There were arguments about in-bounds and out-of-bounds, cries of joy when some one kicked a good one. And then they broke up and reconvened to start a new game of dodgeball of sorts on the playground. It was a game that an outsider could only partly understand, but they clearly had crafted and memorized their own rules.

What really stood out about the whole scene: There was not an adult in sight. The kids had organized this themselves. It was straight out of our childhoods. During summer vacation, we’d leave early and come back late. Entertaining ourselves with invented games, getting bored, inventing new ones. It all was kind of quietly astounding, a dreamy escape to the past.

Gus enjoyed it all, too. He can tell when people are having fun, and he gets tickled by that.

While we sat and took in the breeze and the sun, a little guy—the one I reckon to be 5—came by to pet Whitney, who was off harness. He told us about his dog. Pointing to Gus, he asked whether “that guy broke his knee.” After some back and forth, we surmised that his grandma had “broke her” knee and had been in a wheelchair, hence the question.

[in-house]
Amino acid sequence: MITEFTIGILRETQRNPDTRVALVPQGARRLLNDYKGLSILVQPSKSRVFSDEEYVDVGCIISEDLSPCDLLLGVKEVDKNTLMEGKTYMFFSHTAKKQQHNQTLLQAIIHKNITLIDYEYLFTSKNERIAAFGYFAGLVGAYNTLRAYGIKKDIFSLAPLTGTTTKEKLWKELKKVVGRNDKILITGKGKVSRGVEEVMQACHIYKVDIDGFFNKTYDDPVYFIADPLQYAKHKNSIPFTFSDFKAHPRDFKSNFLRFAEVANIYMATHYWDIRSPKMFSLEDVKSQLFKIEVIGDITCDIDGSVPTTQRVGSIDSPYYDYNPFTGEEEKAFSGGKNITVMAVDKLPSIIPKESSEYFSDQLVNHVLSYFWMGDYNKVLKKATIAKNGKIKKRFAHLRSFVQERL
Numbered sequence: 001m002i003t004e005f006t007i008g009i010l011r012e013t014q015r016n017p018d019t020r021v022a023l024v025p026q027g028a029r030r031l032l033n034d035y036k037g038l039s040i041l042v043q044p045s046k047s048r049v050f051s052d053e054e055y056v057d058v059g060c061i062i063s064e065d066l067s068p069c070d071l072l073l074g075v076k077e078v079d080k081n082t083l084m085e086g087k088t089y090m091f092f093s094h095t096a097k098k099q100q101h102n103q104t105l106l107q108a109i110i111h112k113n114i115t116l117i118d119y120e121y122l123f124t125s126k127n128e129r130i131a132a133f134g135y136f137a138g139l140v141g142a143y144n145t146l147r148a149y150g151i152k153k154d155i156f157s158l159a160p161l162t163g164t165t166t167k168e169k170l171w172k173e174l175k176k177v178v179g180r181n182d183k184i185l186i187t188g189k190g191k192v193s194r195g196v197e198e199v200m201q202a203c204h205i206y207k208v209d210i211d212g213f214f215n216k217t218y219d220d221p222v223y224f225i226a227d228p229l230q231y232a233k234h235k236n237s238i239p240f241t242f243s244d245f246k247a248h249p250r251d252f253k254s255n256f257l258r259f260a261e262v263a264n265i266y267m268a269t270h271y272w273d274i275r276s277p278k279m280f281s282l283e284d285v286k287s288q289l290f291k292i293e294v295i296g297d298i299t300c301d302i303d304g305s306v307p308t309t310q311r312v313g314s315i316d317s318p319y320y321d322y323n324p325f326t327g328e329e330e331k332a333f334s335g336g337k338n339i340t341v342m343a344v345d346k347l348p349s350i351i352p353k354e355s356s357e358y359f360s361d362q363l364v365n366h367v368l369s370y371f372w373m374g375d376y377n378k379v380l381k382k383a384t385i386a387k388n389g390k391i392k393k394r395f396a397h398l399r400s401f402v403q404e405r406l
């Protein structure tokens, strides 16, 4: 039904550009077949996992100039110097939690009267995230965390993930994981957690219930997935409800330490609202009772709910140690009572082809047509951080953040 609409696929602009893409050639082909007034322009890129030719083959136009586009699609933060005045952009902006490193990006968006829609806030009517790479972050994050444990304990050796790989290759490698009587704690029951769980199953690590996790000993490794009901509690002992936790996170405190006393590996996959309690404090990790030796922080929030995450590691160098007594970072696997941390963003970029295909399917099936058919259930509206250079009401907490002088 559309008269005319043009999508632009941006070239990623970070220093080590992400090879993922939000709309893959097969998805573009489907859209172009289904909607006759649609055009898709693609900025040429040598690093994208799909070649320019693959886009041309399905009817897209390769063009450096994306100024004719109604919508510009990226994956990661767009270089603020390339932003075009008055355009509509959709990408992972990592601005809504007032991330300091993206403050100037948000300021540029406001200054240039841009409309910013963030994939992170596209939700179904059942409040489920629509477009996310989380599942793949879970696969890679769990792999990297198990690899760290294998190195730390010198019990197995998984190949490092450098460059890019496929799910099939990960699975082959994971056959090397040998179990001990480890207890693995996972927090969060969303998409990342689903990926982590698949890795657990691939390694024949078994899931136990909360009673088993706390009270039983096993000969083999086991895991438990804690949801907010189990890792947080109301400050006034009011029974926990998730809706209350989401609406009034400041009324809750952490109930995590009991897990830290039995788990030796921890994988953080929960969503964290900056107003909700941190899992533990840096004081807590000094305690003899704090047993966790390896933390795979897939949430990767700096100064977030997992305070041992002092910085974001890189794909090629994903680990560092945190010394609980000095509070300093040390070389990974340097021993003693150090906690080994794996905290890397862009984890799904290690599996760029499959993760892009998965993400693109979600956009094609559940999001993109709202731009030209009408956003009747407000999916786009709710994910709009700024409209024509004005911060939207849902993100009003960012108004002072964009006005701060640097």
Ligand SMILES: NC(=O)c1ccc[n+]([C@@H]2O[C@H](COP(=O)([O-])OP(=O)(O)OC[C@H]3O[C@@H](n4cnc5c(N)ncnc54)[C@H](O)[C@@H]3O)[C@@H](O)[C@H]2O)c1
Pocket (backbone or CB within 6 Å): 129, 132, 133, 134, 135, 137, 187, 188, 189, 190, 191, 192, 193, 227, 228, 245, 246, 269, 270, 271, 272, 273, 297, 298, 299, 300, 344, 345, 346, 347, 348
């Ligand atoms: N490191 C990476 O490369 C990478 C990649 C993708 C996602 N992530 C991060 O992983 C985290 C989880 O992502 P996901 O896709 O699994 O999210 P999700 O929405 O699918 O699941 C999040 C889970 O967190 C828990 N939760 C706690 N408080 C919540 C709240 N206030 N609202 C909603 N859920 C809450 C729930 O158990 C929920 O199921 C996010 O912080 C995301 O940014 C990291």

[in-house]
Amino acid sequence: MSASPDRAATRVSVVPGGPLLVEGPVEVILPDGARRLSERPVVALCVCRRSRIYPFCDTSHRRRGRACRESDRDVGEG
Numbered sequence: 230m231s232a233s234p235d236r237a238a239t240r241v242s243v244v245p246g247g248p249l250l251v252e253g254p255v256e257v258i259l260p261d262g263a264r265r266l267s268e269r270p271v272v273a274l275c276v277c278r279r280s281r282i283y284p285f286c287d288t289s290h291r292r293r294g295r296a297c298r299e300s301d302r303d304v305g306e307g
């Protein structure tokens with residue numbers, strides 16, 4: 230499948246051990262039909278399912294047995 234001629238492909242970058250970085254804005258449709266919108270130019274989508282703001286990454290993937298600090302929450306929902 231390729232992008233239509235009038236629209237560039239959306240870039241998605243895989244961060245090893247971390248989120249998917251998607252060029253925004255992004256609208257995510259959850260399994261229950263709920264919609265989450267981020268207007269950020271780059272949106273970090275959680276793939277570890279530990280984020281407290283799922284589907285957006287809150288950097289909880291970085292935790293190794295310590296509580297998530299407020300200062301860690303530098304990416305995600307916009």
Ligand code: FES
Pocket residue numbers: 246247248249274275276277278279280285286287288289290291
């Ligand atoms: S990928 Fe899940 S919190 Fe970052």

We eventually said goodbye and walked Gus back home. We said our goodbyes. It was a good visit.

When he first moved away, we’d stay longer, and usually stay overnight. Things changed when we realized: He’s happy to see us, but really, he’s got his own life now. Not like our contemporary’s kids—who are going off to college, starting careers and such. But it’s his life nonetheless. He’s happy to see us, we’re happy to see him. It’s our normal.

Always, I wish we lived closer than the 2-1/2 hour drive we have, so we could just drop by when we felt like it.